At the turn of the 2000, three Arthur Andersen LLP consultants set out to develop a digital payments company, and the first institutional backer they found was an Indian state-run lender.
Prosus NV bought BillDesk for $4.7 billion this week, giving each of the three partners half a billion dollars for their combined 31 percent share.
M.N. Srinivasu, Ajay Kaushal, and Karthik Ganapathy’s journey defies India’s startup textbook standards.
Because BillDesk had never used a public relations firm, Prosus-owned PayU found itself in the position of having to handle the entire acquisition announcement.
“We aren’t the typical young startup founders,” Srinivasu said by phone, hastening to add that while Kaushal and he are 53 years old, Ganapathy is “only pushing 50.”
“When we started on Jan. 1, 2000, we didn’t have a startup idea. We thought it would be a great opportunity to build something at the intersection of tech and financial services, it was just gut-feel.”
Despite the fact that the trio has sold their full holdings, Srinivasu stated that they will remain involved in the company.
The Prosus transaction could ratchet up competition in India’s burgeoning fintech sector, where he sees huge scale opportunities since “anyone can move $100 million or $0.05 in seconds at virtually no cost.”
The founders met while working at Arthur Andersen in the financial services department and left in 1999, just a few years before the accounting behemoth imploded in the wake of the Enron Corp. affair in 2002. T
were all graduates of India’s top Indian Institute of Management, and they quit so-called “success-track” jobs to start their own businesses with little savings.
Bank of Baroda and a fund operated by financier Small Industries Development Bank of India were BillDesk’s first backers, both government-owned and the polar opposite of today’s high-profile, global venture capital firms.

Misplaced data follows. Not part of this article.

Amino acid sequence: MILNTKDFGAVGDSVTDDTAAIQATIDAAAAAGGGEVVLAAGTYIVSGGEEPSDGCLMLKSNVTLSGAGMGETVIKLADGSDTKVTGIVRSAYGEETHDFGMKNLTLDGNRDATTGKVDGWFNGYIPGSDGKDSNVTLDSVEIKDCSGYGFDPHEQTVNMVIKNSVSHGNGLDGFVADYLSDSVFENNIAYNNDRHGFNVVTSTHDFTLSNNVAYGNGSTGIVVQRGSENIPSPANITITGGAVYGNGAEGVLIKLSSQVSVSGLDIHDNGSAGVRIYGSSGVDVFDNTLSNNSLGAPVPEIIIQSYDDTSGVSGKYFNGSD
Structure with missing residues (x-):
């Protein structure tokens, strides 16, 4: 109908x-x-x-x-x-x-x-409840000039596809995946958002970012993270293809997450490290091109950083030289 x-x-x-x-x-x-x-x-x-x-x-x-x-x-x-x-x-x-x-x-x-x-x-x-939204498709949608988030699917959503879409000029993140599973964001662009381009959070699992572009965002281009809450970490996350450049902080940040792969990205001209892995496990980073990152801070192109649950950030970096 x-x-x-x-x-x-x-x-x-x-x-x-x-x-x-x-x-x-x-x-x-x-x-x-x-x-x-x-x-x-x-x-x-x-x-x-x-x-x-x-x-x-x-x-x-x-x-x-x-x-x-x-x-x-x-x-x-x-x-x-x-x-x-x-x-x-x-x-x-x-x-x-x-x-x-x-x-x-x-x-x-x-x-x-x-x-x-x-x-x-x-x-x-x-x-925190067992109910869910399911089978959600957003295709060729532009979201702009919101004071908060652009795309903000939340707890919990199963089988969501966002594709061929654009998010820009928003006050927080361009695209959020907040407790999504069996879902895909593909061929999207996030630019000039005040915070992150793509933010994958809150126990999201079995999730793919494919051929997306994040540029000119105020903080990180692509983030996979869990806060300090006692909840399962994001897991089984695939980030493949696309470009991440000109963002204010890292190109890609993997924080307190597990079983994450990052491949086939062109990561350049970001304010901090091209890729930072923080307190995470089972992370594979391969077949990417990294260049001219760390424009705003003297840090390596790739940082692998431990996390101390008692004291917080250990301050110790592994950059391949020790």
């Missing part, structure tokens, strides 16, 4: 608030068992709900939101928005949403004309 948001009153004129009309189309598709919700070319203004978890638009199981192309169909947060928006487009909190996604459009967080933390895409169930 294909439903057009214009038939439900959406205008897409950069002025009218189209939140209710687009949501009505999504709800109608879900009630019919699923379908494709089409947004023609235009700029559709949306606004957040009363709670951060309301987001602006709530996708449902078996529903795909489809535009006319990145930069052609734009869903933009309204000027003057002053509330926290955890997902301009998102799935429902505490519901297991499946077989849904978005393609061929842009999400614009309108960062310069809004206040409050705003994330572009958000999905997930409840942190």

Big name investors like Temasek Holdings Pte, Visa Inc., and General Atlantic LLC would not join for another decade and a half.
By that time, BillDesk had amassed a global client base and was providing its payment gateway to millions of Indian customers making purchases on Amazon.com Inc. or Microsoft Corp.’s LinkedIn service, purchasing Netflix Inc. subscriptions, or shopping on Apple Inc.’s local online store.
This BillDesk began looking into an IPO and hired investment bankers.
A few weeks ago, Prosus appeared on the scene and offered a complete buyout.
The allure was obvious: India has over 800 million internet users, and e-commerce is set to grow at a time when China is cracking down on its tech industry.
When BillDesk began, India’s internet user base numbered around 50,000. The firm’s technology conduit gathered billing data from utilities such as power and water suppliers, as well as phone companies, on one end.
On the other hand, it collected written mandates from bank customers authorising the debiting of utility payments from their accounts.
It proved to be a reliable system. Customers no longer had to wait in line to pay their bills.
There was no need for utility companies to spend millions of man hours reconciling bank transactions.
Customers didn’t have to deal with actual payments, and banks didn’t have to cope with crowded branches.
BillDesk benefited from the enormous growth in digital payments fueled by ubiquitous internet access via cellphones.
It now accepts a wide range of payments, including insurance and property taxes, as well as regular payments such as mutual fund investments, credit card payments, and school fees.
Since 2007, BillDesk has been profitable, charging the utility a commission and sharing a percentage with the banks.
According to a Prosus regulatory filing made as part of the transaction, it produced $253 million in gross revenue in fiscal year 2021, with earnings before interest, taxes, depreciation, and amortisation of $42 million.
According to Srinivasu, the founders haven’t made any plans to put their wealth to good use.
“We were the payments solution that stayed in the background, allowing banks to brand and operate our solution,” Srinivasu said. “We steered clear of the grow-big-at-any-cost fintech model.”